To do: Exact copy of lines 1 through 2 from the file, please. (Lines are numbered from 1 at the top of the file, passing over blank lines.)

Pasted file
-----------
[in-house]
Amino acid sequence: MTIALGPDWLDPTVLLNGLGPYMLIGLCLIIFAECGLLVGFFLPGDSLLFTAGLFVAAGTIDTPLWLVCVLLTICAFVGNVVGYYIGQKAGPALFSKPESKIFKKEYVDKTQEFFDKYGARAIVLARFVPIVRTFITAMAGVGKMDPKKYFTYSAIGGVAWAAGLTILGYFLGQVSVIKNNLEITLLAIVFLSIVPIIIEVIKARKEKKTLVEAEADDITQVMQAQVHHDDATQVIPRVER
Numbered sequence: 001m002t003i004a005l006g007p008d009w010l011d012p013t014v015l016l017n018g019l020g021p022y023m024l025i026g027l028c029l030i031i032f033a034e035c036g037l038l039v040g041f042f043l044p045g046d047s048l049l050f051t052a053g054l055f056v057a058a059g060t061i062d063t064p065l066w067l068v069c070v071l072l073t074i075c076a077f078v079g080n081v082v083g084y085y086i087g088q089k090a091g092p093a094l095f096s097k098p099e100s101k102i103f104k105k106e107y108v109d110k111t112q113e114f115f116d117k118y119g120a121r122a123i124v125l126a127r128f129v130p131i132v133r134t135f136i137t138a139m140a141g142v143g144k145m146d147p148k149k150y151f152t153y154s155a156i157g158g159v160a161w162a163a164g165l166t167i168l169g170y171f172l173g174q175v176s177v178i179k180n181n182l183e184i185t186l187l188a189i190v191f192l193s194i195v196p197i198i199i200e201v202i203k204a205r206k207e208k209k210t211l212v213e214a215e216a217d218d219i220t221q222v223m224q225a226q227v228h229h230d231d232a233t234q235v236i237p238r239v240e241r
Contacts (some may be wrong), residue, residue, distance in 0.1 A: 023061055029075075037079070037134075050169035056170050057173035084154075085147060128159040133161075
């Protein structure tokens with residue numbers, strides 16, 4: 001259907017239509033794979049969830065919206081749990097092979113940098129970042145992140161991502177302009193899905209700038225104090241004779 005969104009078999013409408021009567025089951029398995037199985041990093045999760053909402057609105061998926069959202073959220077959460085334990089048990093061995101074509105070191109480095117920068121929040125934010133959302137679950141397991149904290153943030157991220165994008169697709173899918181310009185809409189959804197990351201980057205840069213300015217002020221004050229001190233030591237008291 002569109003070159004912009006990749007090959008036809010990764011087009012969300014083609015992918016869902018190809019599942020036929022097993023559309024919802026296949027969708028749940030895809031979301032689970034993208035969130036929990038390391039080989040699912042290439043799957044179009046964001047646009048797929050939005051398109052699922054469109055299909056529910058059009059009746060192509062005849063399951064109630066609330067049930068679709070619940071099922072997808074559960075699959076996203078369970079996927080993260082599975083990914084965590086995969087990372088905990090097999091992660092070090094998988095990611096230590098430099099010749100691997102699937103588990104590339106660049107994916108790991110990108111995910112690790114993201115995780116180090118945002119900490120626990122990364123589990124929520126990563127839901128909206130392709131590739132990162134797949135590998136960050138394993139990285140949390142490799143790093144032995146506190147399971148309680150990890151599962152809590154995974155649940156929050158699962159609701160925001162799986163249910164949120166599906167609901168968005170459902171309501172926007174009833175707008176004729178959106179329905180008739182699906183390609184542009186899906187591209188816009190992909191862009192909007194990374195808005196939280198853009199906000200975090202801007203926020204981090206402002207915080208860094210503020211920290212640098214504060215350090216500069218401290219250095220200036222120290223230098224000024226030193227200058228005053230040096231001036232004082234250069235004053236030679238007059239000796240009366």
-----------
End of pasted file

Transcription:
[in-house]
Amino acid sequence: MTIALGPDWLDPTVLLNGLGPYMLIGLCLIIFAECGLLVGFFLPGDSLLFTAGLFVAAGTIDTPLWLVCVLLTICAFVGNVVGYYIGQKAGPALFSKPESKIFKKEYVDKTQEFFDKYGARAIVLARFVPIVRTFITAMAGVGKMDPKKYFTYSAIGGVAWAAGLTILGYFLGQVSVIKNNLEITLLAIVFLSIVPIIIEVIKARKEKKTLVEAEADDITQVMQAQVHHDDATQVIPRVER